How have your training and experiences helped you to create and innovate in your artistic practice?

Other than a lot of blogs and YouTube videos, I'm self-taught. Although it's been a rather lonely journey, it's given me carte blanche and allowed me to create my own style by exploring the possibilities and limits of stained glass. As much as I was inspired by glass creations, I didn't want to replicate them. I went through a lot of self-doubt, trial and error and troubleshooting in my practice. Sometimes it works, sometimes there's room for improvement. Being alone in my studio allows me to compete only with myself. I perfect my art from piece to piece and note my evolution in the quality and elaboration of my pieces.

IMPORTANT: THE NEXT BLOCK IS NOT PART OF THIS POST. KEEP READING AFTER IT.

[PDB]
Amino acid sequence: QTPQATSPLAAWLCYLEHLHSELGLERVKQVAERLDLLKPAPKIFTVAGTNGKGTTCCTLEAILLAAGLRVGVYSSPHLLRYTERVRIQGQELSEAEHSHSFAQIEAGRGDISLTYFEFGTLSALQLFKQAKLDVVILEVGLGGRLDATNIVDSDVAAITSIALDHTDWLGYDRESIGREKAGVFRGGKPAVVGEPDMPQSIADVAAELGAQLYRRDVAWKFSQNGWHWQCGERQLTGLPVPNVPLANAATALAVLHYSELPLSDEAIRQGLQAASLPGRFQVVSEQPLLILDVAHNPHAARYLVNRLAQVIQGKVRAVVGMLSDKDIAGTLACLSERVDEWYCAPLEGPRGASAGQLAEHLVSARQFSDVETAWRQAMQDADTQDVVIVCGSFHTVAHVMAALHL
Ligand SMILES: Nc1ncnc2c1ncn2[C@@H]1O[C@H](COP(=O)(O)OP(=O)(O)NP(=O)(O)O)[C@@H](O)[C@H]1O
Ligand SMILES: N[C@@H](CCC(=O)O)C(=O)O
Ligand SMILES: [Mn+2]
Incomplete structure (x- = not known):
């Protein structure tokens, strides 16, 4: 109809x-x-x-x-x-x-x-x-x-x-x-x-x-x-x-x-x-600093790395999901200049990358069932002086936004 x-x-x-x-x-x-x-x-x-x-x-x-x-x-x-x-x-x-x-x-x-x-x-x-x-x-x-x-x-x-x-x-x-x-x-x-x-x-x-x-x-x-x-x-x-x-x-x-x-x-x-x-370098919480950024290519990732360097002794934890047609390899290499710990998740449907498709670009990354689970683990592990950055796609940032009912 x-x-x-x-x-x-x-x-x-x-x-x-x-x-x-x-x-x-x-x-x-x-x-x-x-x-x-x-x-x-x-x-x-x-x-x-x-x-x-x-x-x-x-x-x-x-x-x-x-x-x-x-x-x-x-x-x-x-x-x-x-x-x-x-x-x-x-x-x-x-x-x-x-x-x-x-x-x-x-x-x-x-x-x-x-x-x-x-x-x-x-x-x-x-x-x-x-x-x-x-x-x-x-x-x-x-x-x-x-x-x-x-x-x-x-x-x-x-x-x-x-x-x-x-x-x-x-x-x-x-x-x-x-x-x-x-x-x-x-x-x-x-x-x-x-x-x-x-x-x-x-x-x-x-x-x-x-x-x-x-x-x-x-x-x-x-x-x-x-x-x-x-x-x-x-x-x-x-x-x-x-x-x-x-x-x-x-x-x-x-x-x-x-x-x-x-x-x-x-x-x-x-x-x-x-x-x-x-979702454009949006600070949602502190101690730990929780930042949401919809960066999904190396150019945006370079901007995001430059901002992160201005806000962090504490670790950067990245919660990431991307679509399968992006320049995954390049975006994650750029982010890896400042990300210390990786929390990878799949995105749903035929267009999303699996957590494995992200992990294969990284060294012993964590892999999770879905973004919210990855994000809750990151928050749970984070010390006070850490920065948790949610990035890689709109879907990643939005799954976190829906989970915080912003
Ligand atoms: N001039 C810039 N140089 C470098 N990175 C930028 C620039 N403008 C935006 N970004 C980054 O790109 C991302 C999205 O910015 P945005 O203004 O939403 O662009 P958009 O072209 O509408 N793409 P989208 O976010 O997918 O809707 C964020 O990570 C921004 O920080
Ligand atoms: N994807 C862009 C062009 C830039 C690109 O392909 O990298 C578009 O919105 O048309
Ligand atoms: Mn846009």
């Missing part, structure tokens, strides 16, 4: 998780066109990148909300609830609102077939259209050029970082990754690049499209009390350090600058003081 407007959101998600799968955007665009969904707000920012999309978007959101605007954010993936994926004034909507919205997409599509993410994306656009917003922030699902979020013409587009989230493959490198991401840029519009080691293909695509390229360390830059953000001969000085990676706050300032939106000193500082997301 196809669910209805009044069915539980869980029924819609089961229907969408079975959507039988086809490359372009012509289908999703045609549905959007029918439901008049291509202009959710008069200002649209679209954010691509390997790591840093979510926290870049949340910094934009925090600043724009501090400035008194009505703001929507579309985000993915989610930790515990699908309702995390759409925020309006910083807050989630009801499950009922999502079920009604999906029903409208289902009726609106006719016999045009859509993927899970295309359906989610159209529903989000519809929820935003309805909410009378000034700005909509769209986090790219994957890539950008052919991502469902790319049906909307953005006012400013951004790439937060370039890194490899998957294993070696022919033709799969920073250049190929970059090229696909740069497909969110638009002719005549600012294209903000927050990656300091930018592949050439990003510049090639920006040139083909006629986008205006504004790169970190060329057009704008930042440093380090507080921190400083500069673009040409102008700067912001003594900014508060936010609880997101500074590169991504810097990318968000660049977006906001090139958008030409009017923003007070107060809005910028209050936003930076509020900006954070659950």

Both sides now 2020
Both sides now, 2020

What stimulates you most about your practice?

The end result! Stained glass involves several stages that can sometimes take a long time to complete. It's always stimulating to imagine the result and dream about it until it's accomplished. I always have the same sense of wonder when I finish a piece. Like a child in front of a lit Christmas tree.

What drew you to working with glass?

I've always been fascinated by all things glass. It's a medium that amazes me with its brilliance, transparency, and purity. Every work, whether in traditional stained glass, blown glass or fused glass, attracts my attention and captures my imagination. However, I've long been intimidated by glass artists, and frankly, I still am sometimes. I used to believe that only the "great" artists had the ability to work with glass, and it was through a little more research and exploration that I realized that stained glass, at least, was still a medium accessible to me.

What drives your creativity?